* Q4 GDP growth revised down to 2.5 percent
* Lowe's slumps as profit misses estimate
* Celgene falls after FDA rejects filing for MS drug
* Futures up: Dow 49 pts, S&P 4.25 pts, Nasdaq 24 pt (Adds comment, details, updates prices)
By Sruthi Shankar
Feb 28 (Reuters) - Wall Street was set to open higher on Wednesday after data showed U.S. economic growth slowed slightly more than initially thought in the fourth quarter, weakening the case for faster rises in interest rates.
The U.S. Commerce Department said gross domestic product expanded at a 2.5 percent annual rate, instead of the previously reported 2.6 percent pace.
Strong economic data earlier in the month had raised fear among traders that U.S. interest rates would rise faster than previously expected, sparking Wall Street's biggest selloff in two years.
Even with the gains the S&P 500 and the Dow are still on course for their first monthly fall since last March.
"As February comes to a close, large gyrations experienced during the month could very well spill into next month as topic of rates dominates," Peter Cardillo, chief market economist at First Standard Financial in New York, wrote in a note.
Among early decliners was No. 2 home improvement chain Lowe's, whose shares slumped 7 percent after its quarterly profit missed estimates as margins fell.
Celgene also fell about 7 percent after U.S. health regulators rejected the company's application seeking approval of a key multiple sclerosis drug.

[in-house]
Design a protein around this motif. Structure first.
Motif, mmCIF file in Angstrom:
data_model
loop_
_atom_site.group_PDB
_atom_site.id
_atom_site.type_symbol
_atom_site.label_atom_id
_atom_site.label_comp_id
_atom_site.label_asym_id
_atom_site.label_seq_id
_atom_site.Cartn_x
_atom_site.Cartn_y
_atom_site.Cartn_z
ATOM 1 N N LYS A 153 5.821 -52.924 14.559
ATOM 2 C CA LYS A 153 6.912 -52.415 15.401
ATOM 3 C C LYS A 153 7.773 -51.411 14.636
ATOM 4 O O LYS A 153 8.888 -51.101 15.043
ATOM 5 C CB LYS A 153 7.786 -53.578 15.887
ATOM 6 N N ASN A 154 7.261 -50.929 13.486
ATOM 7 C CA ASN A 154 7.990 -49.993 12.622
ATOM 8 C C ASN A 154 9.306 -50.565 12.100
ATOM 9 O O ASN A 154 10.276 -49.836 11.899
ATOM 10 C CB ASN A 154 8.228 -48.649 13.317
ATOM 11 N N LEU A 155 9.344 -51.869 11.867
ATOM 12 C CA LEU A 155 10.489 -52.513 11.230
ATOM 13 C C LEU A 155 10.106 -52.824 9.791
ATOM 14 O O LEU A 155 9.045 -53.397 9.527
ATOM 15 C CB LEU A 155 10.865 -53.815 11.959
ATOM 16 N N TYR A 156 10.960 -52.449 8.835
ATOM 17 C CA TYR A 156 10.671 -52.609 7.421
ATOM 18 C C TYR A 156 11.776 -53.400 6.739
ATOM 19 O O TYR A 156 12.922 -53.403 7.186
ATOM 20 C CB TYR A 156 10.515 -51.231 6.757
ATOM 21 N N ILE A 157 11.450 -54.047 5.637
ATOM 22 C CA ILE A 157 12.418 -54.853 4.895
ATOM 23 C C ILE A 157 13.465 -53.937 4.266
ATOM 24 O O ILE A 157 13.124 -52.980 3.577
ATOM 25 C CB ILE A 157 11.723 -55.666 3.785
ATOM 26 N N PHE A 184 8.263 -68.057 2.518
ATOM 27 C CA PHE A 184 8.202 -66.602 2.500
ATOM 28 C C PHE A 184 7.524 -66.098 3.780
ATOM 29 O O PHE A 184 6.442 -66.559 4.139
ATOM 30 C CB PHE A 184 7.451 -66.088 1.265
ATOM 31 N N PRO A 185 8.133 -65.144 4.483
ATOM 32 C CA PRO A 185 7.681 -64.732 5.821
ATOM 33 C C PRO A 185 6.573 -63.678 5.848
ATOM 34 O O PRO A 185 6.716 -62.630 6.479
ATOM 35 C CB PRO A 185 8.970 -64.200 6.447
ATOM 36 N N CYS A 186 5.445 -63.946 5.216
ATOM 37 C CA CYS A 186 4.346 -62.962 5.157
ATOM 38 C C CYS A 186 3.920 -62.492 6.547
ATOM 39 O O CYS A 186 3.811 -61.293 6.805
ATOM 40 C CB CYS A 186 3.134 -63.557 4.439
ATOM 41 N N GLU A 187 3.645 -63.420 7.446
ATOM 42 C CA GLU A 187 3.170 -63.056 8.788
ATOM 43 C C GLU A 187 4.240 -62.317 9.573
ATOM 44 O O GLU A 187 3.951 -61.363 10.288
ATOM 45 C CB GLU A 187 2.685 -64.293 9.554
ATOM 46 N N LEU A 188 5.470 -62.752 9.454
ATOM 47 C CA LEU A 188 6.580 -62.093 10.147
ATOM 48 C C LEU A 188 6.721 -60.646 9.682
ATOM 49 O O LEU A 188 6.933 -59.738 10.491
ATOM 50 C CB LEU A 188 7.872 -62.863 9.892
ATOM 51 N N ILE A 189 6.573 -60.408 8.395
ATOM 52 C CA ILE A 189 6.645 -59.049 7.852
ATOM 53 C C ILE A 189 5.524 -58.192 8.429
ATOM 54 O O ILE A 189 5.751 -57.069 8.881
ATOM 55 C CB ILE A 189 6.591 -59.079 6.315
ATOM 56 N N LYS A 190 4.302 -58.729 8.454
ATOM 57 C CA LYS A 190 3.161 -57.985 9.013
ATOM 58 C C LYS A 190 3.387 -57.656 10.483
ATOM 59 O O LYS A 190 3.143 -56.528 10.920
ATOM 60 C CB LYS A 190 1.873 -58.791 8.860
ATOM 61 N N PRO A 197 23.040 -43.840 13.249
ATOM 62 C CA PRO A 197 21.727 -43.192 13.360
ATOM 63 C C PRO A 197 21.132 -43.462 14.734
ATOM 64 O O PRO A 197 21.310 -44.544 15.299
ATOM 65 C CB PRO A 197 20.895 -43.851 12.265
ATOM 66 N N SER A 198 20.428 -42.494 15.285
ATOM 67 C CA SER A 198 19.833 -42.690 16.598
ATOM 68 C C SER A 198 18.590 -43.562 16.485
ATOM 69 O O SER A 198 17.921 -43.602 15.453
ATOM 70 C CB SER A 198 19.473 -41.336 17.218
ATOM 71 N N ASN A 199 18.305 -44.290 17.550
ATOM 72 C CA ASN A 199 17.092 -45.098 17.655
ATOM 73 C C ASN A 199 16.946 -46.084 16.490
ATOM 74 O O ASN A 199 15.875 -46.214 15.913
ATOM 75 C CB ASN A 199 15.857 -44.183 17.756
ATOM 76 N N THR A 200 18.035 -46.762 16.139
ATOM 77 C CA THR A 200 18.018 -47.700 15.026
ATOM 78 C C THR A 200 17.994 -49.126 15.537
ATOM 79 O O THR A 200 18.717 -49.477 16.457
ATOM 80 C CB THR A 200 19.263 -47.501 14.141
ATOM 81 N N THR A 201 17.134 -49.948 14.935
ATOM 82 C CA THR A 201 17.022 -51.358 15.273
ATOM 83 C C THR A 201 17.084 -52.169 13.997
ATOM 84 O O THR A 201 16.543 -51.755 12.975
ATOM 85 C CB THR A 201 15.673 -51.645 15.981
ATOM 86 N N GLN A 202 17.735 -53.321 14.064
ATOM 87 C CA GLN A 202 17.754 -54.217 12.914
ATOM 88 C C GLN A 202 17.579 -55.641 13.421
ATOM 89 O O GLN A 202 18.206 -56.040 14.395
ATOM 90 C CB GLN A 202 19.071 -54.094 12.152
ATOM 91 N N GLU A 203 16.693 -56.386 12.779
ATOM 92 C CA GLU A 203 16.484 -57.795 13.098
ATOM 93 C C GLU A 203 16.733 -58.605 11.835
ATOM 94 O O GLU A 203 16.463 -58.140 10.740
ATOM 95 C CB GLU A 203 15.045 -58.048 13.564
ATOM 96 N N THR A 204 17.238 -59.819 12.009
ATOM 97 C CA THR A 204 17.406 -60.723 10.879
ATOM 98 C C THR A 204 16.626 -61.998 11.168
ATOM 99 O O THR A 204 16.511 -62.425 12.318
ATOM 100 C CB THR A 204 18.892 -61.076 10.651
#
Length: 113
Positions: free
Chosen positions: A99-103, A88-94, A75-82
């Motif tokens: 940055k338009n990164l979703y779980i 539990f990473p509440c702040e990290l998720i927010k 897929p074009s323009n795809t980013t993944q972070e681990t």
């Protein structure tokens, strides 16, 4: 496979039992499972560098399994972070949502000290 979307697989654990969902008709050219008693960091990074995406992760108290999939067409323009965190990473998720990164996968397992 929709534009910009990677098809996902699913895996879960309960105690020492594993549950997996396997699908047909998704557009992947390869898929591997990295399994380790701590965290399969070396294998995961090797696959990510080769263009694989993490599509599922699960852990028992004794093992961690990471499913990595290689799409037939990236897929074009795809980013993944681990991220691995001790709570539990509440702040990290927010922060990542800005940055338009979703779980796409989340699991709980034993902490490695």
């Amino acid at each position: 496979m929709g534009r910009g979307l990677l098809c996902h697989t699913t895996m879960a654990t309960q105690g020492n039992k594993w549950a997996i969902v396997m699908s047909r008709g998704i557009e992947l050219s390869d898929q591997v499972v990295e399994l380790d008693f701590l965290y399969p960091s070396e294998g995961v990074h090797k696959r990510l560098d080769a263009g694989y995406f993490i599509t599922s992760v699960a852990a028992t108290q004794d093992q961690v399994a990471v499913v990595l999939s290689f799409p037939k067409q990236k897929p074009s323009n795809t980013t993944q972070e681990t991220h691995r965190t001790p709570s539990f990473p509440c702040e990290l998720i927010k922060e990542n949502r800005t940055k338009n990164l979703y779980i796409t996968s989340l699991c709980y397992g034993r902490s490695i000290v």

World stocks were also set to snap a record 15-month winning streak due to data signaling a slowdown in China's manufacturing and Japan's industrial output.
At 8:41 a.m. ET, Dow e-minis rose 49 points, S&P 500 e-minis were up 4.25 points and Nasdaq 100 e-minis gained 24 points.
A Reuters analysis showed global investors cut their equity exposure to a three-month low in February, though most still expect stocks to test new highs despite rising bond yields.
The U.S. 10-year Treasury yields, the benchmark for global borrowing costs, was last at 2.8953 percent after spiking as much as 2.9250 percent on Tuesday.
Wall Street's main volatility gauge, the CBOE Volatility index eased to 17.91 points after hitting as much as 18.98 during Powell's testimony. (Reporting by Sruthi Shankar in Bengaluru; Editing by Anil D'Silva)